Monday, August 06, 2007

The Dangers of "Free" WiFi

I just came across this blog describing how easy it was for a guy at the Black Hat Hacking Conference in Las Vegas to hijack some poor schmo's gMail account. For extra measure, the guy, Robert Graham (CEO Errata Security) has helpfully given the two tools (Ferret and Hamster) away so that now scores of teenages with nothing better to do can now hijack your identity when you're at the local Starbucks or in an airport lounge.

There are, of course, things you can do to protect yourself - at least as far as email security goes. But, the technology that old Bob showed off can be used to sniff all packets and all cookies that emanate from your wireless device (yes, even your beloved iPhone or Treo or gawd-aweful HP Windows brick).

It's sort of a sign of the times, I guess. We've finally crawled out of the primordial ooze in terms of technology and widely available (and sometimes free or low cost) WiFi - no sooner to be forced back by folks with nothing better to do all day than come up with ways to screw things up.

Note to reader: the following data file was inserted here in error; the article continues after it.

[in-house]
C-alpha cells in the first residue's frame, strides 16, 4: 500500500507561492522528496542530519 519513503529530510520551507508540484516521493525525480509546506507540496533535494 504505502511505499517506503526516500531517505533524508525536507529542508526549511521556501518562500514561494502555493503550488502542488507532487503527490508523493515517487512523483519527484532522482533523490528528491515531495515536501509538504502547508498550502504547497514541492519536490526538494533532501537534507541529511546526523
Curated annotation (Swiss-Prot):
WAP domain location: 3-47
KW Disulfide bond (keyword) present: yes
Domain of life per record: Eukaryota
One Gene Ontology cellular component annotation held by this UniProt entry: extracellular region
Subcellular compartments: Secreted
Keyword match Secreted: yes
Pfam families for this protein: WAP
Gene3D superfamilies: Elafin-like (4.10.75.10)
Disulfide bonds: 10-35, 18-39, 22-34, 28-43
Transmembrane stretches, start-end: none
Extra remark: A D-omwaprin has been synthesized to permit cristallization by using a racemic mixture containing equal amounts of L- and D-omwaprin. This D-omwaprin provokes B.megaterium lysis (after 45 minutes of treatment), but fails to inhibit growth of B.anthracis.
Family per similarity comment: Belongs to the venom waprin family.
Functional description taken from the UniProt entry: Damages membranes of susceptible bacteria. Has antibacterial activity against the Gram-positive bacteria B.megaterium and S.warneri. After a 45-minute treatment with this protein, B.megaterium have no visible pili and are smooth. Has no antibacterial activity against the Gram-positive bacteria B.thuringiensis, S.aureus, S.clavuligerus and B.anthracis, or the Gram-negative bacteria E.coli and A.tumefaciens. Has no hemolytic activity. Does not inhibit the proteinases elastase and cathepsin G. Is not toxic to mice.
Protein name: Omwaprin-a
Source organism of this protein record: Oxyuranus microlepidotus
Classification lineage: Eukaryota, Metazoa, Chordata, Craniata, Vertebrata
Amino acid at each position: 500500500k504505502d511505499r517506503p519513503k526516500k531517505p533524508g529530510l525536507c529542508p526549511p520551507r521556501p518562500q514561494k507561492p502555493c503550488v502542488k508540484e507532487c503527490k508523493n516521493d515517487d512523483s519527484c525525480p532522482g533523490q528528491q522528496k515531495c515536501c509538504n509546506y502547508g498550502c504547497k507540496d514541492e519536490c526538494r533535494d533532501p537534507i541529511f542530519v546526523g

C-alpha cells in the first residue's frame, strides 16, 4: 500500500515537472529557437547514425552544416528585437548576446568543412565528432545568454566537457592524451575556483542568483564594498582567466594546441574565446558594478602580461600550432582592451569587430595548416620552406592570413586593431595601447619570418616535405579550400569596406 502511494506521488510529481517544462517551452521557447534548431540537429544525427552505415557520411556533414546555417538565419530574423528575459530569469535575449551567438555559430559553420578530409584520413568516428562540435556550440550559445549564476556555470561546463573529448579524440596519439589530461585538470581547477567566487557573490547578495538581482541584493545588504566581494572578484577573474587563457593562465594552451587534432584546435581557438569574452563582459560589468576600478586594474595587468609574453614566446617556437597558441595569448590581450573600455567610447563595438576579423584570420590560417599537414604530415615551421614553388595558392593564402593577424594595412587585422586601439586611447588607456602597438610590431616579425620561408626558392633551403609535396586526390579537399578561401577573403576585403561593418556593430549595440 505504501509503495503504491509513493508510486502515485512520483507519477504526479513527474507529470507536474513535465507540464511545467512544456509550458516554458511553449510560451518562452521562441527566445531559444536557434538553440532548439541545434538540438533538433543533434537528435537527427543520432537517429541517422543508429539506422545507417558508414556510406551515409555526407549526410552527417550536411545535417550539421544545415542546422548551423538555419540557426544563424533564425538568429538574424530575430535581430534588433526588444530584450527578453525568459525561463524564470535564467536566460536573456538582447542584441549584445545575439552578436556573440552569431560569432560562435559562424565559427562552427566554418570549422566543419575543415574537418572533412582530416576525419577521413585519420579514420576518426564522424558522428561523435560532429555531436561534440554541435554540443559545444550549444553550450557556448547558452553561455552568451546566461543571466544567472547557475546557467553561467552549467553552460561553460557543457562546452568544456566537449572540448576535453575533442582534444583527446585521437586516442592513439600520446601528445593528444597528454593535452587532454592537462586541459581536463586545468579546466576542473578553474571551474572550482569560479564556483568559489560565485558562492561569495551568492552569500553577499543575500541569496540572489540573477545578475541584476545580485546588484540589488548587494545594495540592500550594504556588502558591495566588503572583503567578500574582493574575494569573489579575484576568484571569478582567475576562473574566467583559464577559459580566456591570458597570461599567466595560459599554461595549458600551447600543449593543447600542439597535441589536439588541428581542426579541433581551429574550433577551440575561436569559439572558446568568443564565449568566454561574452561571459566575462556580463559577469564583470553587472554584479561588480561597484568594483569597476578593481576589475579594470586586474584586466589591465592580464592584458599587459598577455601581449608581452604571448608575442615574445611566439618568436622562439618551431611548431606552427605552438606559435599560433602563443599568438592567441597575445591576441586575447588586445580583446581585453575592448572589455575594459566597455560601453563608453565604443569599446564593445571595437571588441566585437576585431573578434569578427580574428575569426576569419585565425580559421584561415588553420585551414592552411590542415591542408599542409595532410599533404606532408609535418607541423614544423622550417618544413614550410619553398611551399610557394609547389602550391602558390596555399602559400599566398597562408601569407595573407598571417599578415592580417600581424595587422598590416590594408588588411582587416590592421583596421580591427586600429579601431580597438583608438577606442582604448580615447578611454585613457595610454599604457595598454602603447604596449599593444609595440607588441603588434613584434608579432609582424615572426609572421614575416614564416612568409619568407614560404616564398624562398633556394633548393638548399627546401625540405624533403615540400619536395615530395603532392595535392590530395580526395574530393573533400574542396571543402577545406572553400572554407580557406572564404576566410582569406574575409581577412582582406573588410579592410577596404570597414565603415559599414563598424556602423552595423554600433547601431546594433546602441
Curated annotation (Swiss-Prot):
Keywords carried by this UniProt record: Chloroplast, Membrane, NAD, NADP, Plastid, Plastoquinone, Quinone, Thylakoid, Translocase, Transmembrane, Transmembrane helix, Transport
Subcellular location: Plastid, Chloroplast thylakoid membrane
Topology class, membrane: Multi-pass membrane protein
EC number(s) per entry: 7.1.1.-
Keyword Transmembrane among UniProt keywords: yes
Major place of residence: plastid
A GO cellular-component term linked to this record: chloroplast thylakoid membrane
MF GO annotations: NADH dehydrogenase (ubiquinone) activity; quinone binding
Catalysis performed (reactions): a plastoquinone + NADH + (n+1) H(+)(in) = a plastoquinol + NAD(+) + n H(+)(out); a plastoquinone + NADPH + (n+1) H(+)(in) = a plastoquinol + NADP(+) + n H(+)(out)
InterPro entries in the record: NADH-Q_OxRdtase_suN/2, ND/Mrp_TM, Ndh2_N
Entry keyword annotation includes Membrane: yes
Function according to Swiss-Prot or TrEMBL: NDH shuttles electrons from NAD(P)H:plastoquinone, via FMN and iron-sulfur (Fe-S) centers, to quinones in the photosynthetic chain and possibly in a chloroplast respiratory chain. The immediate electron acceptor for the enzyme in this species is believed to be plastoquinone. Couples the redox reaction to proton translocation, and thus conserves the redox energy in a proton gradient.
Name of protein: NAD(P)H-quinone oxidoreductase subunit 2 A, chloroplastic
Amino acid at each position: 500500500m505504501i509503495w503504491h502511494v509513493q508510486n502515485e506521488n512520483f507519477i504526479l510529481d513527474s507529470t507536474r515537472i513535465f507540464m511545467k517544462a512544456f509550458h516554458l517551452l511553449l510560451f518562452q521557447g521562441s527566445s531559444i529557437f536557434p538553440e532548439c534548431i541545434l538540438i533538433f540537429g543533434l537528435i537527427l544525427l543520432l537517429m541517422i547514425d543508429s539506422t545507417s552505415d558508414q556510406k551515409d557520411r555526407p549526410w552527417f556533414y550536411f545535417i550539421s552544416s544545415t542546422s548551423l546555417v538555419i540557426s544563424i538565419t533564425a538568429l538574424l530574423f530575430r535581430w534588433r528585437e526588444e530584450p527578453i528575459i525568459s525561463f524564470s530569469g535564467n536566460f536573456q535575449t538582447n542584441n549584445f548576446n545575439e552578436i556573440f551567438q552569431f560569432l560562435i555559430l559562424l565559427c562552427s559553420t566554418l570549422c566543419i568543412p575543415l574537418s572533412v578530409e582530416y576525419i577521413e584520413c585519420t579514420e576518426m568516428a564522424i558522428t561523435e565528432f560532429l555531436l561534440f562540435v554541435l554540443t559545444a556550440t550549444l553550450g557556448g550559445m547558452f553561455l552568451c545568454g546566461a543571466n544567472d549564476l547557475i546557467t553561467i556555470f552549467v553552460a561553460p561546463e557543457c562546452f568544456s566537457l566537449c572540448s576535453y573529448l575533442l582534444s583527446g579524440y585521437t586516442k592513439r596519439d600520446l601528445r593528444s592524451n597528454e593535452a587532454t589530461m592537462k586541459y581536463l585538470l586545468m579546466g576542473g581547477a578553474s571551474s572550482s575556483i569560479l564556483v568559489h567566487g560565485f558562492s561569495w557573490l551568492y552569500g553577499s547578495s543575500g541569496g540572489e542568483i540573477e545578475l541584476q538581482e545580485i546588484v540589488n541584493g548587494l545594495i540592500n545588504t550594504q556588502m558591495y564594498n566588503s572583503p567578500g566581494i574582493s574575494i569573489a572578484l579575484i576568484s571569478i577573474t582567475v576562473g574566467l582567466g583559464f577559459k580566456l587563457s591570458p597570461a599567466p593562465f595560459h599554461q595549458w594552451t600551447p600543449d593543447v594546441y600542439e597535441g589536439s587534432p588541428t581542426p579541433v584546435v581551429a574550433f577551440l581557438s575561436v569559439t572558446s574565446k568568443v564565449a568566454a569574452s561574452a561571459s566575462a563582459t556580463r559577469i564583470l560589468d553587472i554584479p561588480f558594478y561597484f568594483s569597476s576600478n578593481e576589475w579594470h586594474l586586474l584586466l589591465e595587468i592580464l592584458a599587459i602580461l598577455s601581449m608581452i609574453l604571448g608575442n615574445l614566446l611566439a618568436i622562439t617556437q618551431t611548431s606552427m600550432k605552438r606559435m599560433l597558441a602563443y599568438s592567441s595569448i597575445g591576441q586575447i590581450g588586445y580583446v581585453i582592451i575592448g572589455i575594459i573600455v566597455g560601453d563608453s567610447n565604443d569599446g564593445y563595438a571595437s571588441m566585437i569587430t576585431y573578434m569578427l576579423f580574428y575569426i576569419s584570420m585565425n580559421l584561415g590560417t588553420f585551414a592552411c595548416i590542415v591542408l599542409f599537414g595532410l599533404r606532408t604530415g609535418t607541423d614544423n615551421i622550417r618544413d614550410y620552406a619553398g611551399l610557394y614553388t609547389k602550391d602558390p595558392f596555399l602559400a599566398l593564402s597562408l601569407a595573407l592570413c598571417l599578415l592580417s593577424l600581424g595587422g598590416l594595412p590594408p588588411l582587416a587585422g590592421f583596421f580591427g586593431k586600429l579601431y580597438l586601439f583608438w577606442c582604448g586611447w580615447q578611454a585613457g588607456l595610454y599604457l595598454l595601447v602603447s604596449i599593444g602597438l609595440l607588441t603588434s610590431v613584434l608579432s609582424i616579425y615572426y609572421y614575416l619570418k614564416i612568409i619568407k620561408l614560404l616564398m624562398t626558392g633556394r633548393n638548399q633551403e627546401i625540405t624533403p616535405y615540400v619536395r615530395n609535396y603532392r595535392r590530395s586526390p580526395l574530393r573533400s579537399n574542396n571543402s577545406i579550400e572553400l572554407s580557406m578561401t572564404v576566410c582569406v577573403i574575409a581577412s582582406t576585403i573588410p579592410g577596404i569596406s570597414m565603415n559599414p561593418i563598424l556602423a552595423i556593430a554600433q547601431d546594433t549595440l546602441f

Yes, packet sniffing is nothing new and people have been doing it for years. Yes, any moron who uses a public WiFi hotspot shouldn't login to their unencrypted email account or expect that everything they do is not being watched/monitored/recorded/hijacked.

I'm all for making the airwaves safer for everyone, and I'm all for public WiFi, and for Web 2.0 applications that "function like a desktop application." I'm just not very happy that every time we turn around there is some joker who justs wants to blow it up. I guess it's just the American way.

I'm sure glad I use Servoy Smart Client applications and use the Servoy Web Client over the public WiFi - now I have one LESS thing to worry about.

P.S. It's my birthday today - thanks to my parents - I know it hasn't always been an easy ride, but I love you both very much. And thanks to my wife, Brenda. She should get a medal for putting up with me as we start our 18th year together! And finally, somewhere in the world there is someone that was courageous enough to carry my ass around for 9 months and then give me up for adoption. Back in the 60's. Where ever you are today - thanks.

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